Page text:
Menace of cyberstalking to be tackled by campaigners

Graham Brown-Martin - Digital Safety conference organiser

It is estimated that global cybercrime costs US $100 billion a year. This enormous figure has eclipsed the value of the international trade in illegal drugs.

World governments from that of American President Barack Obama's administration to the European Commission are now seeing this problem as public enemy No.1 citing the traditional canards that this money is financing terrorism and such like thus ushering in yet another wave of the erosion of individual privacy and civil liberties. As the former head of Britain's spying centre GCHQ opined on the eve of the 60th anniversary of the publication of George Orwell's 1984 "all Internet and telephone traffic must be logged".

A hue and cry has ensued from civil libertarians in much the same way that skunk smokers complain about GM foods - these very libertarians are pouring their personal information and data into corporations such as Google, Facebook, MySpace, Twitter, etc. The ability to "mash-up"   all this data to create new and unimagined use of publicly available data about themselves brings both the potential for tremendous convenience but also an almost total denial of privacy.

Like our recent politicians expenses scandal where many politicians were unwisely claiming expenses within the rules many corporations are deploying systems that are also within the rules but are they wise? Is it really sensible to take a photograph of every front door and publish it publicly?

Have we reached a point where the legal framework has reached its limit of usefulness, can laws with borders be made to work in a borderless cyberspace to protect those who are stalked, bullied, had their identity stolen or are made victim of theft as a consequence of digital technologies?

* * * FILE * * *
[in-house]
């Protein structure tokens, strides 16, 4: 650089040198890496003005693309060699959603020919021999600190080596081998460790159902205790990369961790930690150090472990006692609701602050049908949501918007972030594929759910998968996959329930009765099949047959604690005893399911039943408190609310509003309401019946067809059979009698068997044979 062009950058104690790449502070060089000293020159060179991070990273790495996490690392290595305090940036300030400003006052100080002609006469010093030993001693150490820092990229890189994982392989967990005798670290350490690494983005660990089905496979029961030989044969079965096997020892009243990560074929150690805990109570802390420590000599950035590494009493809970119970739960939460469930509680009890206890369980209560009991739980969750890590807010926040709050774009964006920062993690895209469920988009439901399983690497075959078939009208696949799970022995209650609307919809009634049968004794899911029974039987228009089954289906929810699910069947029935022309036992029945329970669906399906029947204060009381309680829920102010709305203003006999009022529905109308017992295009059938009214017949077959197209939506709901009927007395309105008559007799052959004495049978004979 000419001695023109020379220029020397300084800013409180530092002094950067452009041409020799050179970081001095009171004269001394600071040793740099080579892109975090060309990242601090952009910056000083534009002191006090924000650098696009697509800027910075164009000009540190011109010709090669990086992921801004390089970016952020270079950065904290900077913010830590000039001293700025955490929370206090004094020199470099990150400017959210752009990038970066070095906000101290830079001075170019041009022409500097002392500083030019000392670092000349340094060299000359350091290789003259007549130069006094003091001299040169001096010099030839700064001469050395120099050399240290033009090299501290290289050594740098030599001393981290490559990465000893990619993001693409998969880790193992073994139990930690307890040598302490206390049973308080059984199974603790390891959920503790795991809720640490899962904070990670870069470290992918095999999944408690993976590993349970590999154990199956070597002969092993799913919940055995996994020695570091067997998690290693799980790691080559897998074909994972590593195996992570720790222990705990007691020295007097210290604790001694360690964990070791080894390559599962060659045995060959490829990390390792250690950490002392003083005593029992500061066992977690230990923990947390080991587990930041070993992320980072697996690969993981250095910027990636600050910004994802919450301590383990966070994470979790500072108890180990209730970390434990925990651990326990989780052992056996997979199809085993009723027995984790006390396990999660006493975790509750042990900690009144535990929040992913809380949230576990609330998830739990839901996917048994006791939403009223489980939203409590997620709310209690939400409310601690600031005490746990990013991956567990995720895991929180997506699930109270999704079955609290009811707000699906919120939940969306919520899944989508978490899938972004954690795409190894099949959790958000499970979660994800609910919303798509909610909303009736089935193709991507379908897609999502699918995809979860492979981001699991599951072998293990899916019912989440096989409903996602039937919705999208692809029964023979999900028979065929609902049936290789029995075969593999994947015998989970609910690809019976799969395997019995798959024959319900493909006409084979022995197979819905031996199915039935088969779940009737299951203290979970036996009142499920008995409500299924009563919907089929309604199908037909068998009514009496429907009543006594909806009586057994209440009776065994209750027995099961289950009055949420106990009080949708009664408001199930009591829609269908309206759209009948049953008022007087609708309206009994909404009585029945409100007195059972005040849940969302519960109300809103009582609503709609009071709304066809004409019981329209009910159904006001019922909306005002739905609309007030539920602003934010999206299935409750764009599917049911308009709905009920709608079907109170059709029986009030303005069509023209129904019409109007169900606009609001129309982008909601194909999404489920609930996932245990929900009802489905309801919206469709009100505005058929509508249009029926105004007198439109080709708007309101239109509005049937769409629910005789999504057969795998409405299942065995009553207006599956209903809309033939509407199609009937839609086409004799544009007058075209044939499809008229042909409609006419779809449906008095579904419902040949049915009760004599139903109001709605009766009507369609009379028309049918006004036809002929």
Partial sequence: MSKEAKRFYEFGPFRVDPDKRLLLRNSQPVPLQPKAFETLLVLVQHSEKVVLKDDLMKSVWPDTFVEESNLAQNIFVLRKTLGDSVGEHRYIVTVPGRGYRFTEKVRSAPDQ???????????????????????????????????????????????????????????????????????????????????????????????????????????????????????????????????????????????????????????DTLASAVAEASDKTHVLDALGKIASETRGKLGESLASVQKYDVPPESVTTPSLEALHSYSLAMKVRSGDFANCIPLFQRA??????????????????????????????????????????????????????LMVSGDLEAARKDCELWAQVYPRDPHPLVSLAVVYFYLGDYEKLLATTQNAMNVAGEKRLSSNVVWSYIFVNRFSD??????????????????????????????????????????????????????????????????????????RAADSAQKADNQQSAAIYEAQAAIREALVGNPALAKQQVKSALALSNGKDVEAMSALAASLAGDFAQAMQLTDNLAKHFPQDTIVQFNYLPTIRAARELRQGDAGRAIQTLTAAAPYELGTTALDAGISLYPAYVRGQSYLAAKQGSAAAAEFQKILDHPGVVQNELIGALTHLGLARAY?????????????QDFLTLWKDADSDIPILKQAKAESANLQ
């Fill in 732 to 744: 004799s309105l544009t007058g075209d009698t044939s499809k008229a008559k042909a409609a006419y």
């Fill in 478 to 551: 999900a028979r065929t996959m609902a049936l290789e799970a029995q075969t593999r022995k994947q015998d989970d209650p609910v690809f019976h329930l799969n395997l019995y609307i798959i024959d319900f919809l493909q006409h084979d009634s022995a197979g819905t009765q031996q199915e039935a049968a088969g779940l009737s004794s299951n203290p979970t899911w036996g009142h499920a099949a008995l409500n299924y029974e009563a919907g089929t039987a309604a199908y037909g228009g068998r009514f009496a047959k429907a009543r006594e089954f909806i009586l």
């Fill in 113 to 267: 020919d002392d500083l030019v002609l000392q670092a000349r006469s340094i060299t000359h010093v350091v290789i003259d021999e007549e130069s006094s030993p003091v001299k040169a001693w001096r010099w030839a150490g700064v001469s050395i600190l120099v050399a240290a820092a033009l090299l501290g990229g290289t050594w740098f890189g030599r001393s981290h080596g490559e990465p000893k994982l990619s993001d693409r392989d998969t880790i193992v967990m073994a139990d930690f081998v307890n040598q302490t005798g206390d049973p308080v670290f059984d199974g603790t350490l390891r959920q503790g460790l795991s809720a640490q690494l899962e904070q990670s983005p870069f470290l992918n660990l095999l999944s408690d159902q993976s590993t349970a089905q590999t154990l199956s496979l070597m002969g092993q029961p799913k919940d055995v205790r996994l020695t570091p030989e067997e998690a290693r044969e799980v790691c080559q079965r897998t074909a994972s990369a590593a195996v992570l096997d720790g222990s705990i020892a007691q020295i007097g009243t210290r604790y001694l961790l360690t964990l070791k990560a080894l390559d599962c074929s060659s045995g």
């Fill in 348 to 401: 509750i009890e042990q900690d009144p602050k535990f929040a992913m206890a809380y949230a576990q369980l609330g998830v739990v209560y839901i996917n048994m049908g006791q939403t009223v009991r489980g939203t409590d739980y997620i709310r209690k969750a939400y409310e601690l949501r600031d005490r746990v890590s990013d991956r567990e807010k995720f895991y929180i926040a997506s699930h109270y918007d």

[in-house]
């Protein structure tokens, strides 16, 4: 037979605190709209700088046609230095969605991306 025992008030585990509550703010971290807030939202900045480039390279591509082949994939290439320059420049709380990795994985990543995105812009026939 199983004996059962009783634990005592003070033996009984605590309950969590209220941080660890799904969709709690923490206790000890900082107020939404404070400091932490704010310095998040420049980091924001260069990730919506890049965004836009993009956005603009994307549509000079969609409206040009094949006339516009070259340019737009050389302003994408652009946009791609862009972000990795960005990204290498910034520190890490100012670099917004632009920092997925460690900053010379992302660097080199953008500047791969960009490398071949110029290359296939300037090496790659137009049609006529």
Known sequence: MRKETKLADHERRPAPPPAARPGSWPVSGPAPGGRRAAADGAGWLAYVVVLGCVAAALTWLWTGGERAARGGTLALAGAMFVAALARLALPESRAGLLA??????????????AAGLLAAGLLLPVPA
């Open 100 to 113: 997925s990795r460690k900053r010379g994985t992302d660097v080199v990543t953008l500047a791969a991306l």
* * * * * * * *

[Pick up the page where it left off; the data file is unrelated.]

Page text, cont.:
The Latest, recently exposed the cyberstalker of a British family by an overseas national. As a consequence the story moved from citizen journalism to mainstream media, culminating with a recent national television documentary viewed by millions (

Now The Latest is a proud media supporter of a landmark conference, Digital Safety 2009 ( which brings together international thought leaders, innovators and practitioners to look at new ways of defeating cybercrime. Speakers include former British minister in the Cabinet Office, Tom Watson MP, Professor Tanya Byron, Dr Richard Clayton, Anthony Lilley, Hamish Brown MBE and many other experts in what is a vital and timely debate.

Readers of The Latest can register for the conference at a special cut price rate by using the code thelatest at online registration (

There are also a very limited amount of passes available for student members of The-Latest. Please email for one of these. Proceeds of the conference go to Victim Support.

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